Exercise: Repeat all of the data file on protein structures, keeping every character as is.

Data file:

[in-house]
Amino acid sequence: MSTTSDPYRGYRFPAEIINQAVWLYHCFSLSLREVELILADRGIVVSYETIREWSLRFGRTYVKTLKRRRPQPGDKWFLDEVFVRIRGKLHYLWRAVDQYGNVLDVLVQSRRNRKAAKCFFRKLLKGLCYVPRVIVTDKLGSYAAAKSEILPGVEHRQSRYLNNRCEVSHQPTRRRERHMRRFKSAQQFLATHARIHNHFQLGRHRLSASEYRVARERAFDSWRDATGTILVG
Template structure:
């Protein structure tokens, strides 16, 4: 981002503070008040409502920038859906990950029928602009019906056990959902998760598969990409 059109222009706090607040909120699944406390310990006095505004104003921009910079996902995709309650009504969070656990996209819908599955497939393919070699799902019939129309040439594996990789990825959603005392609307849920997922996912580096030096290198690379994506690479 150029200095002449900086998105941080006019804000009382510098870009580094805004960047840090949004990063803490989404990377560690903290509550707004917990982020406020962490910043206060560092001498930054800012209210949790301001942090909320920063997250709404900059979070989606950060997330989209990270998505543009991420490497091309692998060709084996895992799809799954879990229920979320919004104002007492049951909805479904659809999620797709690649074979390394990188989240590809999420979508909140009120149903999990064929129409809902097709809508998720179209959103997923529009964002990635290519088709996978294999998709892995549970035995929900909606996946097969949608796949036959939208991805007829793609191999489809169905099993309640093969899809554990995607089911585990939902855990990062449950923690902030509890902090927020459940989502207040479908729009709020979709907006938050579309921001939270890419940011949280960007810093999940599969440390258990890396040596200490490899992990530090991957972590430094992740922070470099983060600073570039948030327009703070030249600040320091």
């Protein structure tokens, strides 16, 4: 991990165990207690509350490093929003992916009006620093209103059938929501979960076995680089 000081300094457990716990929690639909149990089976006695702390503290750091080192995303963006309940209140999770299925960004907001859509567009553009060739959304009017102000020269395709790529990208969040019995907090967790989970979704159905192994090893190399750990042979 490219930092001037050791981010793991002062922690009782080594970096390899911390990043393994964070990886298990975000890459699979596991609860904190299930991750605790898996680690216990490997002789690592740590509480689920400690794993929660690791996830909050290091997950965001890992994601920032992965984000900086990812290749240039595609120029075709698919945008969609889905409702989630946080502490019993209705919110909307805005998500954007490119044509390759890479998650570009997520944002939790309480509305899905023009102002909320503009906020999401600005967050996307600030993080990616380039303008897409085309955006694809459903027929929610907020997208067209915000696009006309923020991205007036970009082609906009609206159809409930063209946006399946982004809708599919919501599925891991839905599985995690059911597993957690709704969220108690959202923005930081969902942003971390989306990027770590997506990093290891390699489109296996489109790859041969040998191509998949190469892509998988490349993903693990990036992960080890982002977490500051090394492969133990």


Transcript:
[in-house]
Amino acid sequence: MSTTSDPYRGYRFPAEIINQAVWLYHCFSLSLREVELILADRGIVVSYETIREWSLRFGRTYVKTLKRRRPQPGDKWFLDEVFVRIRGKLHYLWRAVDQYGNVLDVLVQSRRNRKAAKCFFRKLLKGLCYVPRVIVTDKLGSYAAAKSEILPGVEHRQSRYLNNRCEVSHQPTRRRERHMRRFKSAQQFLATHARIHNHFQLGRHRLSASEYRVARERAFDSWRDATGTILVG
Template structure:
């Protein structure tokens, strides 16, 4: 981002503070008040409502920038859906990950029928602009019906056990959902998760598969990409 059109222009706090607040909120699944406390310990006095505004104003921009910079996902995709309650009504969070656990996209819908599955497939393919070699799902019939129309040439594996990789990825959603005392609307849920997922996912580096030096290198690379994506690479 150029200095002449900086998105941080006019804000009382510098870009580094805004960047840090949004990063803490989404990377560690903290509550707004917990982020406020962490910043206060560092001498930054800012209210949790301001942090909320920063997250709404900059979070989606950060997330989209990270998505543009991420490497091309692998060709084996895992799809799954879990229920979320919004104002007492049951909805479904659809999620797709690649074979390394990188989240590809999420979508909140009120149903999990064929129409809902097709809508998720179209959103997923529009964002990635290519088709996978294999998709892995549970035995929900909606996946097969949608796949036959939208991805007829793609191999489809169905099993309640093969899809554990995607089911585990939902855990990062449950923690902030509890902090927020459940989502207040479908729009709020979709907006938050579309921001939270890419940011949280960007810093999940599969440390258990890396040596200490490899992990530090991957972590430094992740922070470099983060600073570039948030327009703070030249600040320091």
């Protein structure tokens, strides 16, 4: 991990165990207690509350490093929003992916009006620093209103059938929501979960076995680089 000081300094457990716990929690639909149990089976006695702390503290750091080192995303963006309940209140999770299925960004907001859509567009553009060739959304009017102000020269395709790529990208969040019995907090967790989970979704159905192994090893190399750990042979 490219930092001037050791981010793991002062922690009782080594970096390899911390990043393994964070990886298990975000890459699979596991609860904190299930991750605790898996680690216990490997002789690592740590509480689920400690794993929660690791996830909050290091997950965001890992994601920032992965984000900086990812290749240039595609120029075709698919945008969609889905409702989630946080502490019993209705919110909307805005998500954007490119044509390759890479998650570009997520944002939790309480509305899905023009102002909320503009906020999401600005967050996307600030993080990616380039303008897409085309955006694809459903027929929610907020997208067209915000696009006309923020991205007036970009082609906009609206159809409930063209946006399946982004809708599919919501599925891991839905599985995690059911597993957690709704969220108690959202923005930081969902942003971390989306990027770590997506990093290891390699489109296996489109790859041969040998191509998949190469892509998988490349993903693990990036992960080890982002977490500051090394492969133990």